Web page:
These families spent the lockdown at farms, away from the buzz of city life

The lockdown was a picnic for these families that moved to farms from the large city: they awoke with the solar, milked cows, toiled in the fields and slept below a starry sky

The nomads

While the relaxation of the world was protecting monitor of day-to-day COVID-19 instances, Shrekanth RG and his household have been foraging for fruit for breakfast at a farm in Pavunjur close to Chengalpet, Tamil Nadu. The household of three — together with Shrekanth’s spouse Banu and nine-year-old son Aarush who’s being unschooled — have been spending the lockdown between three farms in Chengalpet, Tiruvallur, and Kanchipuram districts. They have been dwelling off farm produce — typically, simply fruit for all three meals of the day.

The household has been travelling for 2 years now, and as Shrekanth places it, are “wanderers who do not have a home”. They have been to a number of reserve forests, cities and cities throughout the nation. But lockdown was particular as a result of they obtained to pitch a tent in the center of a farmland, rise with the solar, eat uncooked meals, and make pals with parakeets and cows.

“We learned survival skills, spent our days and nights amidst wind and rain… it’s like we were animals in a forest,” says Banu. Shrekanth in the meantime, was changing their host’s farm right into a pure meals forest. “We made friends with local farmers, who sold us fresh produce,” explains Shrekanth, including that they discovered some invaluable classes alongside the approach.

“We listened to stories from years ago from the locals,” he says. Such as how, throughout a famine 50 years in the past, individuals in the area relied on the palm tree to feed them by the yr.

The household, too, shared their data with individuals they met. Shrekanth, as an illustration, confirmed some farmers how they may make jam out of mangoes that they may not market on account of lockdown. Their subsequent cease is a farm too: a 300-acre dry patch in Ramanathapuram that they hope to transform to fertile land.

Calf love

It was a path he at all times needed to take. Thanks to the pandemic, Chennai-based photographer P Panneerselvam made up his thoughts to relocate to his ancestral farmland in Sooradimangalam village, seven kilometres from Kalpakkam. He and his spouse Parvathavarthini Eswaran, an artist, lived in Ekkattuthangal in Chennai throughout pre-pandemic instances. “After the lockdown was announced, we spent 30 days indoors. We do not have a television set at home — we never felt the need for one — so we played indoor games, caught up on news online…we found it difficult to stay cooped up at home. Finally, we decided to pack our bags and move to Sooradimangalam,” explains Panneerselvam.

Parvathavarthini Eswaran

Financially and career-wise, the transfer didn’t have an effect on them a lot, since each of them are freelancers. But the change from a busy city life to at least one in a quaint village, was dramatic.

“I start my day with cows, and end my day with them,” says the 34-year-old Panneerselvam. His household owns a farmland in the village, on which they develop paddy, ragi, and chillies. There are loads of chickens to are inclined to, and 10 cows. Panneerselvam wakes up at 5 am to wash the cow shed and milk the cows. Then there may be work at the farm; since they need to reduce down on labour prices, Panneerselvam and his father do most of the work.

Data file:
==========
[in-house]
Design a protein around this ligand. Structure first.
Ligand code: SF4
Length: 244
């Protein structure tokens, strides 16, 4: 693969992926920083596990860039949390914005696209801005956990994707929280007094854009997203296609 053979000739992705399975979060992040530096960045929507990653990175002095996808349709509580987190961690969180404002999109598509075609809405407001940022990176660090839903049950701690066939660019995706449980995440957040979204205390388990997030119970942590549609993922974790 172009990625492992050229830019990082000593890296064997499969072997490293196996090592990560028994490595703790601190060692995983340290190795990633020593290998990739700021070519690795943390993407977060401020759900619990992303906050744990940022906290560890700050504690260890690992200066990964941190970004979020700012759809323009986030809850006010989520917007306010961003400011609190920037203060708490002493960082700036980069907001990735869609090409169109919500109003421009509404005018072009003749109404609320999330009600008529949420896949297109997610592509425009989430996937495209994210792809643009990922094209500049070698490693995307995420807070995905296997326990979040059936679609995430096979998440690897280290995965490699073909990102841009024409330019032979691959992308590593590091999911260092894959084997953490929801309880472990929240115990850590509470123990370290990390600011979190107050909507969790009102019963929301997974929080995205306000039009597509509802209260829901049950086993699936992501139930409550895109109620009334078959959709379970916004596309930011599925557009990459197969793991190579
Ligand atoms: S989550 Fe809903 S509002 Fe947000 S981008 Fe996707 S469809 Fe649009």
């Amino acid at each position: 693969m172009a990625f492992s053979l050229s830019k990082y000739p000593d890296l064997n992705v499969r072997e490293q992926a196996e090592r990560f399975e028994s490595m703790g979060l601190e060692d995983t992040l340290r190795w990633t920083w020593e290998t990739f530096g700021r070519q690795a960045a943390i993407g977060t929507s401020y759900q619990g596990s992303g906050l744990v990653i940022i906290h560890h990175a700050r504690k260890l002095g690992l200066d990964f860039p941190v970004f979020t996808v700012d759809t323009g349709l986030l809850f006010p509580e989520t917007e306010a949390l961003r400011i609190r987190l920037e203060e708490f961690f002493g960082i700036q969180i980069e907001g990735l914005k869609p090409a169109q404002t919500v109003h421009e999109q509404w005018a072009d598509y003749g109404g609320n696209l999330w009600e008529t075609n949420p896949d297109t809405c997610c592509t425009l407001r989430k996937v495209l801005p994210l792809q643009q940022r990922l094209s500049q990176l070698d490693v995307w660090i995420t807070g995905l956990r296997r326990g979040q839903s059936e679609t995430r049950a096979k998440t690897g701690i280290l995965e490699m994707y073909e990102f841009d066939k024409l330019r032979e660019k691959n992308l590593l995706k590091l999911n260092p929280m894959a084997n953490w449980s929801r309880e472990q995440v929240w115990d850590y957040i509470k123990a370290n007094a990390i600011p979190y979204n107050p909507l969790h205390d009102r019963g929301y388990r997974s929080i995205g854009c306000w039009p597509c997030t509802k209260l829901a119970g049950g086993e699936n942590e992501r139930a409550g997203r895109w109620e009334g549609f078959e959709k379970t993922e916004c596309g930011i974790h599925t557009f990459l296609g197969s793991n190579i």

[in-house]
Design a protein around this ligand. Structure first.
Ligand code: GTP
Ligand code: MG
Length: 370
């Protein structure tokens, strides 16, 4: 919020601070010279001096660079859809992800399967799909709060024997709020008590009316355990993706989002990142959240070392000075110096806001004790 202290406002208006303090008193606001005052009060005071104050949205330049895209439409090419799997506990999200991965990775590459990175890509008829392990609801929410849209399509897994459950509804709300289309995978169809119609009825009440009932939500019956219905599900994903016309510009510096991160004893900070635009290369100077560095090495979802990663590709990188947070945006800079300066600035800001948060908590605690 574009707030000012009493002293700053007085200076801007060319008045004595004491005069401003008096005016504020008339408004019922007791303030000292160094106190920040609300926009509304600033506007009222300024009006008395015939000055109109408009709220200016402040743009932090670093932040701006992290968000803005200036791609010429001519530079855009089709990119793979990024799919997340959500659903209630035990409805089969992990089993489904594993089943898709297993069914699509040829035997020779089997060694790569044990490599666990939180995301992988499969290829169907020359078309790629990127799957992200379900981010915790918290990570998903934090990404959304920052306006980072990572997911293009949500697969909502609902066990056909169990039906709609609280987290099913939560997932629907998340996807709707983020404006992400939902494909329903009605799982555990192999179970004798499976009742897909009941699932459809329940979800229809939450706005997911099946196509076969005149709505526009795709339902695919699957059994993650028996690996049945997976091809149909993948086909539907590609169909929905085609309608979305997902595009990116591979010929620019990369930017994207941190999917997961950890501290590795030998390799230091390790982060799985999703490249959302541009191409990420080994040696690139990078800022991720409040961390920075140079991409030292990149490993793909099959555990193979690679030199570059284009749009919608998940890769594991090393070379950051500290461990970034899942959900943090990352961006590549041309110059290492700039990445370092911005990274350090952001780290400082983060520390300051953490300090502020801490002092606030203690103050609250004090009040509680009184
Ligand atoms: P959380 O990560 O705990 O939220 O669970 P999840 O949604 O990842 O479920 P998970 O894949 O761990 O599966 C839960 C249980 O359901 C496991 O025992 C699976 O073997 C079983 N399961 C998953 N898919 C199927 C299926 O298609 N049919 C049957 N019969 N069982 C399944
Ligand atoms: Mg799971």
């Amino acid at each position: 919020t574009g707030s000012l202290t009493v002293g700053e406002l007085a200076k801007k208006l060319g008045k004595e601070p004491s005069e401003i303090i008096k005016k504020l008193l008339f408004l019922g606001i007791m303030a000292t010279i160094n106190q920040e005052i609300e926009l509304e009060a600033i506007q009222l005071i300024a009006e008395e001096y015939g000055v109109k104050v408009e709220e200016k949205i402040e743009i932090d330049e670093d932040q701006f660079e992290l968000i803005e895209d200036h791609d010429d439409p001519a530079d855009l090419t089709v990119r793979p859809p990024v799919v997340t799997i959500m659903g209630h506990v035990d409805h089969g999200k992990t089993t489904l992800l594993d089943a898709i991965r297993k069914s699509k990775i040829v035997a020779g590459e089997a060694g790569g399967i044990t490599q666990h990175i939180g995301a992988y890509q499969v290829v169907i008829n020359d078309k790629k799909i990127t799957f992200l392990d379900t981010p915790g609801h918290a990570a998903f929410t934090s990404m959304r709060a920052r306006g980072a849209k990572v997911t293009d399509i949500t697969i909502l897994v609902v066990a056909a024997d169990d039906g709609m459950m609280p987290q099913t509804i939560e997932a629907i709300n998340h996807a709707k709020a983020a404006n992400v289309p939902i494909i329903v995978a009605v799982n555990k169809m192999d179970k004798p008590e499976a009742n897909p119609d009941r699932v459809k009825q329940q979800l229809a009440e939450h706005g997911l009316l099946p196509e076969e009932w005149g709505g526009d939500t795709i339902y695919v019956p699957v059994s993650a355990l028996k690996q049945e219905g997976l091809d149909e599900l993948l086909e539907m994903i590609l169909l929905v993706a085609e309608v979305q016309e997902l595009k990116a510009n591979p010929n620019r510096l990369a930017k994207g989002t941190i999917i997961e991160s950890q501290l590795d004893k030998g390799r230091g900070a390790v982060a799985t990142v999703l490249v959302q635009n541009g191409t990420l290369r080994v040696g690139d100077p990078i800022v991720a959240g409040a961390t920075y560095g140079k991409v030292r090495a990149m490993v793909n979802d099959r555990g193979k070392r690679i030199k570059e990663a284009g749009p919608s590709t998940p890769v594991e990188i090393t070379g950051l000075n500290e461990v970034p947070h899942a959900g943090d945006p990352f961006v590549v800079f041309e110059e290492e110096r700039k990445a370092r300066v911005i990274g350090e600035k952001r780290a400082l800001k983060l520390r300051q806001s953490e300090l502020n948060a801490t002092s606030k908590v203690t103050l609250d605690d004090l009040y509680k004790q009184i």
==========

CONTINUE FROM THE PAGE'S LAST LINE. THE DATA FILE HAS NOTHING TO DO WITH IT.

Parvathavarthini is busy together with her artwork; she typically conducts periods on-line. The neatest thing about the transfer, feels Panneerselvam, is that they get to eat the finest variety of meals.

“Our eggs come from our own chickens, and we know for sure that they are free range,” he provides. “And with all the work I do, I’ve lost all my flab without hitting the gym.”

Then there are different perks of life on a farm. “Our three-month-old calf has taken a special liking for my wife,” laughs Panneerselvam. “It responds to her instantly, but doesn’t bother much if I call for it.”

Myna goes dwelling

Vinod Jayaprakash didn’t need his 10-year-old son Kishore spending lockdown glued to a cell phone or laptop computer display screen. The Chennai-based businessman who makes metallic sheets, determined to shift base for 3 months to his one-and-a-half acre farm close to Sriperumbudur. “We moved there along with my friend’s family; they have a 11-year-old daughter,” he explains. Vinod grows apples, oranges, strawberries, papaya, grapes, walnuts, and almonds in the farm. “I would wake up at 5 am every day to water and tend to the plants,” he says. The youngsters would be part of him too. “They even prepared a small patch of land and sowed green gram seeds,” he provides.

Vinod’s son Kishore and his friend Vinodhini at their farm

Vinod’s son Kishore and his pal Vinodhini at their farm  
| Photo Credit:
Special arrangement

They vowed to not use their telephones a lot, and because of this, had loads of time. “We went fishing in a pond nearby; I taught my son to brush his teeth with a neem twig; he played to his heart’s content; ate fruit in place of junk food; bathed in an open water tank…life was good,” says Vinod.

One night time after rains, that they had a customer: a myna chick. She was fairly frazzled. “The kids took good care of her,” says Vinod. “Once she was better, she flew back to her parents.” The fowl taught the youngsters what no on-line class can train.

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